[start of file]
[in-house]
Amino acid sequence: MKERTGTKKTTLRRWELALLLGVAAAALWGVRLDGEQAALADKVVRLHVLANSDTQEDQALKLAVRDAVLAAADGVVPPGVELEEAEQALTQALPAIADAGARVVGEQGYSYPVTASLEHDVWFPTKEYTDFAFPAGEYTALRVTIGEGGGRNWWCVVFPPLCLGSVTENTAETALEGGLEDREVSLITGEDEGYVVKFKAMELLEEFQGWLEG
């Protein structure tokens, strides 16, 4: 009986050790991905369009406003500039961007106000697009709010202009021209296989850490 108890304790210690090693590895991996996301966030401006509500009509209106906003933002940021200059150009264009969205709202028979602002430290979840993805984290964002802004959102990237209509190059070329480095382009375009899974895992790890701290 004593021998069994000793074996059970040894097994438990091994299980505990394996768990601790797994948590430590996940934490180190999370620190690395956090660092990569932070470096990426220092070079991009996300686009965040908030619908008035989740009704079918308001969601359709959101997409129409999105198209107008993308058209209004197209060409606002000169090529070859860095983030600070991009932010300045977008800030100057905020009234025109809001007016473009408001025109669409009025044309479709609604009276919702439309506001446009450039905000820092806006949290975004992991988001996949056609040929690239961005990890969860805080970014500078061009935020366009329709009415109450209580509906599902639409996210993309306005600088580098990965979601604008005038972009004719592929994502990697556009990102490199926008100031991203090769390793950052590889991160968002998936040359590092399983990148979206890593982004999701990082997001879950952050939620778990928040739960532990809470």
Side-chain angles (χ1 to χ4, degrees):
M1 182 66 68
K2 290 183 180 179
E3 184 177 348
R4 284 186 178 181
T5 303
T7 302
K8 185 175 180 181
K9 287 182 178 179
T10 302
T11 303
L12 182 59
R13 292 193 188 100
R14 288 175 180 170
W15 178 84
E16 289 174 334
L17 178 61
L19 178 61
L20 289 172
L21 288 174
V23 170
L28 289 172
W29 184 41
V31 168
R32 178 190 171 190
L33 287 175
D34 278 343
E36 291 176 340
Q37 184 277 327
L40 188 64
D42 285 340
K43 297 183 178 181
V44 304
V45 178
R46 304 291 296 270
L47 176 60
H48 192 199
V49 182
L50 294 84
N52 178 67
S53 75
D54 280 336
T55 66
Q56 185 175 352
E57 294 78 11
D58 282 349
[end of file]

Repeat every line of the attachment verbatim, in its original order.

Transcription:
[in-house]
Amino acid sequence: MKERTGTKKTTLRRWELALLLGVAAAALWGVRLDGEQAALADKVVRLHVLANSDTQEDQALKLAVRDAVLAAADGVVPPGVELEEAEQALTQALPAIADAGARVVGEQGYSYPVTASLEHDVWFPTKEYTDFAFPAGEYTALRVTIGEGGGRNWWCVVFPPLCLGSVTENTAETALEGGLEDREVSLITGEDEGYVVKFKAMELLEEFQGWLEG
């Protein structure tokens, strides 16, 4: 009986050790991905369009406003500039961007106000697009709010202009021209296989850490 108890304790210690090693590895991996996301966030401006509500009509209106906003933002940021200059150009264009969205709202028979602002430290979840993805984290964002802004959102990237209509190059070329480095382009375009899974895992790890701290 004593021998069994000793074996059970040894097994438990091994299980505990394996768990601790797994948590430590996940934490180190999370620190690395956090660092990569932070470096990426220092070079991009996300686009965040908030619908008035989740009704079918308001969601359709959101997409129409999105198209107008993308058209209004197209060409606002000169090529070859860095983030600070991009932010300045977008800030100057905020009234025109809001007016473009408001025109669409009025044309479709609604009276919702439309506001446009450039905000820092806006949290975004992991988001996949056609040929690239961005990890969860805080970014500078061009935020366009329709009415109450209580509906599902639409996210993309306005600088580098990965979601604008005038972009004719592929994502990697556009990102490199926008100031991203090769390793950052590889991160968002998936040359590092399983990148979206890593982004999701990082997001879950952050939620778990928040739960532990809470």
Side-chain angles (χ1 to χ4, degrees):
M1 182 66 68
K2 290 183 180 179
E3 184 177 348
R4 284 186 178 181
T5 303
T7 302
K8 185 175 180 181
K9 287 182 178 179
T10 302
T11 303
L12 182 59
R13 292 193 188 100
R14 288 175 180 170
W15 178 84
E16 289 174 334
L17 178 61
L19 178 61
L20 289 172
L21 288 174
V23 170
L28 289 172
W29 184 41
V31 168
R32 178 190 171 190
L33 287 175
D34 278 343
E36 291 176 340
Q37 184 277 327
L40 188 64
D42 285 340
K43 297 183 178 181
V44 304
V45 178
R46 304 291 296 270
L47 176 60
H48 192 199
V49 182
L50 294 84
N52 178 67
S53 75
D54 280 336
T55 66
Q56 185 175 352
E57 294 78 11
D58 282 349